Turning small pieces into something big

Meyer Turku shipyard specializes in building highly demanding, innovative and environmentally efficient cruise ships, car ferries and special vessels. Modular construction processes are used in modern shipbuilding to minimize the work needed to assemble a ship.

Each module is pre-assembled. These individual building blocks – up to 80 per ship – are put together at the dry dock. The modular construction process enables various expert teams to work simultaneously on a single ship. This reduces turnaround time significantly.

Steel plates and profiles are used to create panels
Panels and walls form a section
Completed sections are assembled into blocks
Up to 80 blocks build a cruise ship

Cutting-edge design

Shipbuilding is a modern industry that brings together a wide variety of technologies in a limited space, unseen by our clients. Power supplies, air conditioning systems, fresh and wastewater technology, inventory management, waste management – it all must work smoothly. The amount of different materials that make up a ship is simply enormous. For example, the Mein Schiff ships built at our shipyard each required approximately 2,000 km of electric cables, 180 km of piping, 8,500 m² of windows, 335,000 litres of paint and 30,000 m² of carpets, among all other materials used. We process more than 15 million pieces for each and every cruise ship. To give you an idea of the scale, compare it with the roughly one million parts that go in an Airbus A 380 or the 10,000 or so components that make up a passenger car.

Developing and building cruise ships is an extraordinarily complex and challenging operation. This is why computer-assisted technology has been integrated into every phase from design to completion. How many kilometres of cable does a ship need and how much does it cost? How should weight be distributed to compensate for the wind and the waves? When do you need to start each production stage to ensure you are on schedule to deliver to the shipping company? What materials should be used to ensure fire safety and sound proofing? These are the types of questions that our designers must solve on a daily basis – on top of countless others. This is why the design and building of ships makes extensive use of virtual 3D models and moving visualisations. Calculations have to be remade for each new ship to ensure unique, customized design.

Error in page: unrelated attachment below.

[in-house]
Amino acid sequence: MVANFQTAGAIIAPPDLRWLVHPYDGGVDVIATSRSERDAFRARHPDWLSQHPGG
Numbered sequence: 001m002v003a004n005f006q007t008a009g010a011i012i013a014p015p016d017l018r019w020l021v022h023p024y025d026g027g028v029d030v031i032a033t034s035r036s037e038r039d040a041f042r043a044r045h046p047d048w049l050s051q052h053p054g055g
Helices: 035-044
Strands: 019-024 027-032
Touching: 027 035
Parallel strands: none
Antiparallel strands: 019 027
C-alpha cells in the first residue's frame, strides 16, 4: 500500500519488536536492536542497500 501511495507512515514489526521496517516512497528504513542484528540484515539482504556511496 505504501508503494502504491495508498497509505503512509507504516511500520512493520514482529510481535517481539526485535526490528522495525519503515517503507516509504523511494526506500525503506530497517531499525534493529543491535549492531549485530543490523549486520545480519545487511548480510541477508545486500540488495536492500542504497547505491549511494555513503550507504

The work at our shipyard reflects the Industry 4.0 principles: all stages are designed, processed and managed with digital and highly automated methods. In the end, each and every pinion must fit precisely to make sure that we achieve the highest possible quality within agreed budgets and schedules.


We carefully test each ship both at the dock and at sea before handing it over to the client. During the tests at the sea, all equipment and systems go through final testing and calibration for optimal performance. The inter-operability of systems and equipment is also tested at sea while the ship’s future crew practices their duties.